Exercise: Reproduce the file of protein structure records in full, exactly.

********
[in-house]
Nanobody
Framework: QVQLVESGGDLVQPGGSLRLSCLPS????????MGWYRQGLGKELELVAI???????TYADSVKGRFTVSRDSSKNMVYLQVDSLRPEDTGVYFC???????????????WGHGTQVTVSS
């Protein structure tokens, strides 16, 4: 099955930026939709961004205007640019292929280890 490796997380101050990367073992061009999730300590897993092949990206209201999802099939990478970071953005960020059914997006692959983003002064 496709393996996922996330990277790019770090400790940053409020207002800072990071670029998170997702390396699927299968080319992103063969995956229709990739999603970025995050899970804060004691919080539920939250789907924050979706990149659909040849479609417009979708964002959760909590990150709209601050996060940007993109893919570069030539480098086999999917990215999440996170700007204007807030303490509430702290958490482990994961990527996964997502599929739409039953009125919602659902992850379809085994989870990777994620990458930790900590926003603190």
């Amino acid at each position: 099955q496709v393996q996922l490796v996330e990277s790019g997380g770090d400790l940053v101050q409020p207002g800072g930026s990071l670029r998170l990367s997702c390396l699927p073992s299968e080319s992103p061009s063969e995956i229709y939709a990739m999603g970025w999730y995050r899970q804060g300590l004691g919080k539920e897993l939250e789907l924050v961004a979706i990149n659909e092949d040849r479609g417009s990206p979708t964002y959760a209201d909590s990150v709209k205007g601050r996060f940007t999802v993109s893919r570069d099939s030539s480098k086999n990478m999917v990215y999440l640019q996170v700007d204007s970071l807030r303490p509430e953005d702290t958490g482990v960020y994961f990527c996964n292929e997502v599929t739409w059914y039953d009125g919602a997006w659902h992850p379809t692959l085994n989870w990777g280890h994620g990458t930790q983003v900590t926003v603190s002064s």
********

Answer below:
[in-house]
Nanobody
Framework: QVQLVESGGDLVQPGGSLRLSCLPS????????MGWYRQGLGKELELVAI???????TYADSVKGRFTVSRDSSKNMVYLQVDSLRPEDTGVYFC???????????????WGHGTQVTVSS
């Protein structure tokens, strides 16, 4: 099955930026939709961004205007640019292929280890 490796997380101050990367073992061009999730300590897993092949990206209201999802099939990478970071953005960020059914997006692959983003002064 496709393996996922996330990277790019770090400790940053409020207002800072990071670029998170997702390396699927299968080319992103063969995956229709990739999603970025995050899970804060004691919080539920939250789907924050979706990149659909040849479609417009979708964002959760909590990150709209601050996060940007993109893919570069030539480098086999999917990215999440996170700007204007807030303490509430702290958490482990994961990527996964997502599929739409039953009125919602659902992850379809085994989870990777994620990458930790900590926003603190």
């Amino acid at each position: 099955q496709v393996q996922l490796v996330e990277s790019g997380g770090d400790l940053v101050q409020p207002g800072g930026s990071l670029r998170l990367s997702c390396l699927p073992s299968e080319s992103p061009s063969e995956i229709y939709a990739m999603g970025w999730y995050r899970q804060g300590l004691g919080k539920e897993l939250e789907l924050v961004a979706i990149n659909e092949d040849r479609g417009s990206p979708t964002y959760a209201d909590s990150v709209k205007g601050r996060f940007t999802v993109s893919r570069d099939s030539s480098k086999n990478m999917v990215y999440l640019q996170v700007d204007s970071l807030r303490p509430e953005d702290t958490g482990v960020y994961f990527c996964n292929e997502v599929t739409w059914y039953d009125g919602a997006w659902h992850p379809t692959l085994n989870w990777g280890h994620g990458t930790q983003v900590t926003v603190s002064s």